For example, if workers now retire on average at age 63, an employer offering health care coverage only until retirees are eligible for Medicare would be liable to provide coverage for two more years, a doubling of its current liability.
"Bang, you really get hit," said Sylvester Schieber, a consultant and director of Watson Wyatt Worldwide's Research and Information Center in Bethesda, Md.
"It is a direct cost shift from Medicare to employers' retiree health care plans," said Mary Case, a principal with The Kwasha Lipton Group in Fort Lee, N.J.
For employers currently offering health care coverage for retired workers both before and after they are eligible for Medicare, the cost increases would be smaller but still could be in the range of 10% to 20%, said Anna M. Rappaport, a principal with William M. Mercer Inc. in Chicago.
Regardless of the exact amount, raising the eligibility age for Medicare would have a dramatic effect on employers' health care costs because Medicare now shoulders so much of the cost.
For example, an A. Foster Higgins & Co. Inc. survey found that last year health care plan costs for retirees not eligible for Medicare averaged $5,210 per retiree. By contrast, the cost of covering a Medicare-eligible retiree averaged $1,874, a reflection that Medicare pays the lion's share of hospital and physician bills for beneficiaries.
Linking deductibles to retirees' incomes also would boost costs for employers whose post-employment health care plans are integrated with Medicare.
Employers would take a direct hit if, for example, their health care plans were designed to automatically pick up physician costs not paid by Medicare. While a means test for Medicare deductibles also would shift costs to many employers with retiree programs, the overall cost impact would be relatively modest given the small percentage of retirees whose incomes exceed $50,000 a year.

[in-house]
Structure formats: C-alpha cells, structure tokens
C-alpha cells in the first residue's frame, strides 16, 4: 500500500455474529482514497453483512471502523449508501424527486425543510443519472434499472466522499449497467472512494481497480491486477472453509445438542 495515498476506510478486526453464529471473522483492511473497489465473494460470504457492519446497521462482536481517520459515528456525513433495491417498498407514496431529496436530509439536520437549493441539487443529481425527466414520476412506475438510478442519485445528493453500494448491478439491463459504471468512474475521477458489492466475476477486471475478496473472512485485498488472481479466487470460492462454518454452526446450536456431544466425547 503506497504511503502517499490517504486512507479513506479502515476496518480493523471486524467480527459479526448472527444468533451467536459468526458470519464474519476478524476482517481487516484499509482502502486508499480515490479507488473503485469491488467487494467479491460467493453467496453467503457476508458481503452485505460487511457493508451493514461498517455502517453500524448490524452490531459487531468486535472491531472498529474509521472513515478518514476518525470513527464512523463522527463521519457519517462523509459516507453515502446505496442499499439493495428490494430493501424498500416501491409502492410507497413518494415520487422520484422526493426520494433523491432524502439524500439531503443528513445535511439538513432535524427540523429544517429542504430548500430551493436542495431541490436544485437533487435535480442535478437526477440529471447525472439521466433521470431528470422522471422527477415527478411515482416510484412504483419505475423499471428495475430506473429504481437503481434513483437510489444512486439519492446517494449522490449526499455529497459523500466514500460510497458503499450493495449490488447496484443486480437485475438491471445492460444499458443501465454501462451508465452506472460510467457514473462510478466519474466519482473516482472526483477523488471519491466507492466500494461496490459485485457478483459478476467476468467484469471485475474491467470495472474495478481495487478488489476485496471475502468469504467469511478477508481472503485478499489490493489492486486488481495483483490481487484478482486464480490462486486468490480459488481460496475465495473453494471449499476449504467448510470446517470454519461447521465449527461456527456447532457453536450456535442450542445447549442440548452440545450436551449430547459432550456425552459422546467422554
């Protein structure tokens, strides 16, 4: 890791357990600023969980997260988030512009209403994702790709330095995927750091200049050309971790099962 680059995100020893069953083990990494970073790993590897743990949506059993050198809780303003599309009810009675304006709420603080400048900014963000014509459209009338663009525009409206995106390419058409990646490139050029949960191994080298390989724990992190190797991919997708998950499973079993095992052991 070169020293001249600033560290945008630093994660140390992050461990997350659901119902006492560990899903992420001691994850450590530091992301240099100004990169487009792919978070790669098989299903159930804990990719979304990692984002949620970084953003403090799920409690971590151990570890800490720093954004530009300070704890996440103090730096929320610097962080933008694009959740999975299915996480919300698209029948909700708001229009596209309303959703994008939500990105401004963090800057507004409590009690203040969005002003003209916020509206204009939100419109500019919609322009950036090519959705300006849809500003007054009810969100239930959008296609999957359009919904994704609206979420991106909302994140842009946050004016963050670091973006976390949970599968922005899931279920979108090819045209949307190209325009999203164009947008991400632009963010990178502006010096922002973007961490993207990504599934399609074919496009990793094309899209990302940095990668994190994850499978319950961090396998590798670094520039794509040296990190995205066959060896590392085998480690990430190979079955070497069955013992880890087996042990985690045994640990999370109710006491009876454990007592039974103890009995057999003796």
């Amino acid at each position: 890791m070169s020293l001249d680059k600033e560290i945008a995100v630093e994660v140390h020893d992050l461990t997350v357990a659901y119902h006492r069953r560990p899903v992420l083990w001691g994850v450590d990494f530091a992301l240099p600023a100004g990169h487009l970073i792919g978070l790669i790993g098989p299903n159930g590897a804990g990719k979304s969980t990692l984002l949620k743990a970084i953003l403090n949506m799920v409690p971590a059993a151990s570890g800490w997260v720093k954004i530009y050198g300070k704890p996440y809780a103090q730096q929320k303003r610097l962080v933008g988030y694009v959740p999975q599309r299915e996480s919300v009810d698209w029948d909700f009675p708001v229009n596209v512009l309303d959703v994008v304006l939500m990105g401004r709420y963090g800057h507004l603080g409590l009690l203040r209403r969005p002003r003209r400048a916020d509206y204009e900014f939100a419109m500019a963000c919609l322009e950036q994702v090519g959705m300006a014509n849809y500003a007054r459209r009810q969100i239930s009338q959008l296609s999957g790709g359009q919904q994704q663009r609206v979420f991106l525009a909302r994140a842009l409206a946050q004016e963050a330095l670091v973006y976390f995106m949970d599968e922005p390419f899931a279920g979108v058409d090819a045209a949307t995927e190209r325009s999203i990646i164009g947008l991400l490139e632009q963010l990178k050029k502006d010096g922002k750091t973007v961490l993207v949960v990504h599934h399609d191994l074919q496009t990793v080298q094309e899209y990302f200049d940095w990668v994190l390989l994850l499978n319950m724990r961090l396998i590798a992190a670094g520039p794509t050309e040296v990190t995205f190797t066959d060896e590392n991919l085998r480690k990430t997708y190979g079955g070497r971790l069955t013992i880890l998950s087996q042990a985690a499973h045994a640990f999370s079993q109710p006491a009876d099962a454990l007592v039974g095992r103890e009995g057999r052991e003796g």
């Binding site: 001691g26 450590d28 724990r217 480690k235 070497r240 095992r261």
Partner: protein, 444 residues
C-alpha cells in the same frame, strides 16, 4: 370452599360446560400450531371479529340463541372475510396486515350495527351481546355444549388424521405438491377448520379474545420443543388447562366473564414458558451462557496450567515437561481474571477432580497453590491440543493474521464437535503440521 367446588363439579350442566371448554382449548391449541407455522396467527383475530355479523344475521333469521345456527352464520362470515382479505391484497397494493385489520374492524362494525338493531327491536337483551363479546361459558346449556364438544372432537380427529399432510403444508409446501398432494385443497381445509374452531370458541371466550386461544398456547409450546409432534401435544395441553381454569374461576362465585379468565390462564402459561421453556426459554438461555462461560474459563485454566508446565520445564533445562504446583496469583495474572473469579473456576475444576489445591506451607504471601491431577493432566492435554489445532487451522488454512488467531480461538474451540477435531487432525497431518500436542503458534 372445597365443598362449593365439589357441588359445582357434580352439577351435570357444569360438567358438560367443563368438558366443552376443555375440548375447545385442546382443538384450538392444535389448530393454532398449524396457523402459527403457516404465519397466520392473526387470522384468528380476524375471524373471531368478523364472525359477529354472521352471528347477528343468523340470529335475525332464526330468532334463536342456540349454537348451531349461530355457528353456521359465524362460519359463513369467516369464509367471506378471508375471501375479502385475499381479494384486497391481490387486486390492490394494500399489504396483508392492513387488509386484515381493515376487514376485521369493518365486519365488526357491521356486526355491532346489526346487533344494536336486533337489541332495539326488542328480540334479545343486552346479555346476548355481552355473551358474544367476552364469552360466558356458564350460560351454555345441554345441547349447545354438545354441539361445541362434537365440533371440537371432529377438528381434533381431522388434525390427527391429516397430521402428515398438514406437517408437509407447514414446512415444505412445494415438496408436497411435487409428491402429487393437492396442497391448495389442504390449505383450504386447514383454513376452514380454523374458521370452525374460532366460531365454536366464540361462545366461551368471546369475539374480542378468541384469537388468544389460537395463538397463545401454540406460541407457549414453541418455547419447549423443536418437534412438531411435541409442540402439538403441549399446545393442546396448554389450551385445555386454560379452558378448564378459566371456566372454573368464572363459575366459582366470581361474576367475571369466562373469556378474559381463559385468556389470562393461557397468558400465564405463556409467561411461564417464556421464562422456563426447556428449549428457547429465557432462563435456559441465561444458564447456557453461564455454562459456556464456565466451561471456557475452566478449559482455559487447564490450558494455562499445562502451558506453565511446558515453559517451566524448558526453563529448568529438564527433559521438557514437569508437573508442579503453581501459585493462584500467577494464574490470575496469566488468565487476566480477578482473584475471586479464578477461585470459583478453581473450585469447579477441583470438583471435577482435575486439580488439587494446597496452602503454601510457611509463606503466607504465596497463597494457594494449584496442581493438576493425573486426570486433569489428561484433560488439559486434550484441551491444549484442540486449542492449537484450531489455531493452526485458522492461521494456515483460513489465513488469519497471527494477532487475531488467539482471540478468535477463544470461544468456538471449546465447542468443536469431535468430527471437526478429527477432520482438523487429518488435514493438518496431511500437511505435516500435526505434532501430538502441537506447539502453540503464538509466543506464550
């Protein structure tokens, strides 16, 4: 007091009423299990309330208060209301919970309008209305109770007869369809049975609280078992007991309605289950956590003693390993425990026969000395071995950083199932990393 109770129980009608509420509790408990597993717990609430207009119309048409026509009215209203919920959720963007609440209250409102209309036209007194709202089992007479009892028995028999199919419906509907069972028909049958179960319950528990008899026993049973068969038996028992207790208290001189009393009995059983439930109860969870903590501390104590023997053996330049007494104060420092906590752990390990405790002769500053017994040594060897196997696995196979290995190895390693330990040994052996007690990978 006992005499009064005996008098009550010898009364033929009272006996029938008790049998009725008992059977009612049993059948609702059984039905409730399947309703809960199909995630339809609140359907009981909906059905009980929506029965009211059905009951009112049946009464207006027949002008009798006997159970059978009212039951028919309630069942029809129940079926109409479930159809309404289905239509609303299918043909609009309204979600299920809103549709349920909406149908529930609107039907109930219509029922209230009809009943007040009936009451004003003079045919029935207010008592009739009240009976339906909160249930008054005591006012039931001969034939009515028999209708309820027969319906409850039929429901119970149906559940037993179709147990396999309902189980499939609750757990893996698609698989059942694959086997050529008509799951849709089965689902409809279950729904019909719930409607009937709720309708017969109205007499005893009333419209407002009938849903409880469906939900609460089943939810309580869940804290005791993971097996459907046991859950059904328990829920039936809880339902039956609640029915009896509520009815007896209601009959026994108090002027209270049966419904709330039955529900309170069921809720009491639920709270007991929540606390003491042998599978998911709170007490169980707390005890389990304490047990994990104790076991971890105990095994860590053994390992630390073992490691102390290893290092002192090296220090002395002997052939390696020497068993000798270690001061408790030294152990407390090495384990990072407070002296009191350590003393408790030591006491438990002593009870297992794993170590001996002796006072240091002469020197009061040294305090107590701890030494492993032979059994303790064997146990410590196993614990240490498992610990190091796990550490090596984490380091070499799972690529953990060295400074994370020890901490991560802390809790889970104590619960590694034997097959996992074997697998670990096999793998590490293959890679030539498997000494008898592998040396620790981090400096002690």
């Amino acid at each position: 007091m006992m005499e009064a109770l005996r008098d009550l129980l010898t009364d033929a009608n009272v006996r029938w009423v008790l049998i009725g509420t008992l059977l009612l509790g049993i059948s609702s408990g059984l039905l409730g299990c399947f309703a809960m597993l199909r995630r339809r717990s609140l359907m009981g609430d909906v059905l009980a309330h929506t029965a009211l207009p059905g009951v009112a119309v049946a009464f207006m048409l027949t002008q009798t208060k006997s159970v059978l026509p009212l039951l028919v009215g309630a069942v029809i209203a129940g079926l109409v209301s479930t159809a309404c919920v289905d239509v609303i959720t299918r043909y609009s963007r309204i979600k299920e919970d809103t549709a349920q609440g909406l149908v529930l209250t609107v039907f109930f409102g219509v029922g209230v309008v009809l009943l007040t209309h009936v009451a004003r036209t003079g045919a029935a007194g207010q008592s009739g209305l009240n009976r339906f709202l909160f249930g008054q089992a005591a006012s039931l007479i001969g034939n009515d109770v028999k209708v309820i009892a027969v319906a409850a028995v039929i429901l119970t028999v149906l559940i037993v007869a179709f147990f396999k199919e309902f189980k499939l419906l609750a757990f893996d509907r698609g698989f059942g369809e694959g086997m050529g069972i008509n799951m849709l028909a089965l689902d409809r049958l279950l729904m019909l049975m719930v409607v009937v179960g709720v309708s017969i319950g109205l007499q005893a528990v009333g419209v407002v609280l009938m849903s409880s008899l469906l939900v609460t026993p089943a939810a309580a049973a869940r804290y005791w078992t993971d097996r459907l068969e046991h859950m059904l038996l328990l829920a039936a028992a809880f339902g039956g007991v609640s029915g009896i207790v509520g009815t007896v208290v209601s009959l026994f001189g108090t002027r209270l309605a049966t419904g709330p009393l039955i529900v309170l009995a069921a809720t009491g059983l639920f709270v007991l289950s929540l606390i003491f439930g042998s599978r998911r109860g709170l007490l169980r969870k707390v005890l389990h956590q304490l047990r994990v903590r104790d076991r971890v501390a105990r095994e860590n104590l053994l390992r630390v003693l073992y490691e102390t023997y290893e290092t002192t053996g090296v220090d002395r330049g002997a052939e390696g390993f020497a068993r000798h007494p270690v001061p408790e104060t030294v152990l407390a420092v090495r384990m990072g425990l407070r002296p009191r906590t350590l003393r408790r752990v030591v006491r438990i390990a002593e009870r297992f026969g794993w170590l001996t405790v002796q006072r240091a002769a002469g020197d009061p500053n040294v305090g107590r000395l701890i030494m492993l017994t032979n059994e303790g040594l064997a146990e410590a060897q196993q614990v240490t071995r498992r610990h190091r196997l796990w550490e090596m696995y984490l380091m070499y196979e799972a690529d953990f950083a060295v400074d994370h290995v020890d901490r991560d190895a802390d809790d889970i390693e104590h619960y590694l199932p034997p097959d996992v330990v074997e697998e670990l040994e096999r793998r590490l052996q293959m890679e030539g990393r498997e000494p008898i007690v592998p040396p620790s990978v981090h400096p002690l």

Still, if these proposals are enacted into law, employers likely will look even closer at how they can control retiree health care costs.
"Many employers would have to do something; the cost shift is simply too great," said Joe Martingale, a principal with Towers Perrin in New York.
One design option that would protect employers from Medicare cost shifts would be a defined contribution plan-type approach in which an employer's liability for retiree health care coverage is limited to a specific dollar amount, Mr. Martingale noted.
The political outlook for a higher Medicare eligibility age or linking deductibles to retiree income is unclear. Neither proposal was in a Medicare package earlier passed by the House Ways and Means Committee, and the White House already has signaled its opposition to both the higher Medicare eligibility age and means testing for Medicare deductibles.
"Politically, these are tough proposals," said Ms. Rappaport.
But Mr. Schieber says a higher eligibility age for Medicare could attract support from both conservative and liberal lawmakers.
Conservatives might support the proposal for ideological reasons, while liberals might come on board because they think that unless the cost of entitlement programs, such as Medicare, are reined in, little room will be left in the federal budget for other programs they favor, he said.